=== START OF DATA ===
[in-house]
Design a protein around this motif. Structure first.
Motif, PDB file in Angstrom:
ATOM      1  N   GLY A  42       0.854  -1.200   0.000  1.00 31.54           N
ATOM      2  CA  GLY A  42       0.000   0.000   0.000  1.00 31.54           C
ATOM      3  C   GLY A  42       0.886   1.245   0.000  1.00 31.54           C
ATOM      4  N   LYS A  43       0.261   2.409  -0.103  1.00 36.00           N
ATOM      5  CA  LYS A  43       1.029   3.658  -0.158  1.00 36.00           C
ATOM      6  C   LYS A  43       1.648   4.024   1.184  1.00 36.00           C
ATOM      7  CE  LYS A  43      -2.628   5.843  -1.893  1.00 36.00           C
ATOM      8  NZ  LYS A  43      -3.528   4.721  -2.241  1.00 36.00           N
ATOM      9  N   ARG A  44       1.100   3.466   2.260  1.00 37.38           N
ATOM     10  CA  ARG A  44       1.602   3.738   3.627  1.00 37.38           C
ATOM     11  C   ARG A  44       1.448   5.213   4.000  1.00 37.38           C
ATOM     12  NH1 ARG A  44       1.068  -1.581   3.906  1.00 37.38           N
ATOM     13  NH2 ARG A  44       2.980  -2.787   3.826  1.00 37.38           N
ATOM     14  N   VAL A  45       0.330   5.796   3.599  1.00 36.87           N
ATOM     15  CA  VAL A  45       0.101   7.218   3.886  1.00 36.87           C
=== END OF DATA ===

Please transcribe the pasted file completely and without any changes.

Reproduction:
[in-house]
Design a protein around this motif. Structure first.
Motif, PDB file in Angstrom:
ATOM      1  N   GLY A  42       0.854  -1.200   0.000  1.00 31.54           N
ATOM      2  CA  GLY A  42       0.000   0.000   0.000  1.00 31.54           C
ATOM      3  C   GLY A  42       0.886   1.245   0.000  1.00 31.54           C
ATOM      4  N   LYS A  43       0.261   2.409  -0.103  1.00 36.00           N
ATOM      5  CA  LYS A  43       1.029   3.658  -0.158  1.00 36.00           C
ATOM      6  C   LYS A  43       1.648   4.024   1.184  1.00 36.00           C
ATOM      7  CE  LYS A  43      -2.628   5.843  -1.893  1.00 36.00           C
ATOM      8  NZ  LYS A  43      -3.528   4.721  -2.241  1.00 36.00           N
ATOM      9  N   ARG A  44       1.100   3.466   2.260  1.00 37.38           N
ATOM     10  CA  ARG A  44       1.602   3.738   3.627  1.00 37.38           C
ATOM     11  C   ARG A  44       1.448   5.213   4.000  1.00 37.38           C
ATOM     12  NH1 ARG A  44       1.068  -1.581   3.906  1.00 37.38           N
ATOM     13  NH2 ARG A  44       2.980  -2.787   3.826  1.00 37.38           N
ATOM     14  N   VAL A  45       0.330   5.796   3.599  1.00 36.87           N
ATOM     15  CA  VAL A  45       0.101   7.218   3.886  1.00 36.87           C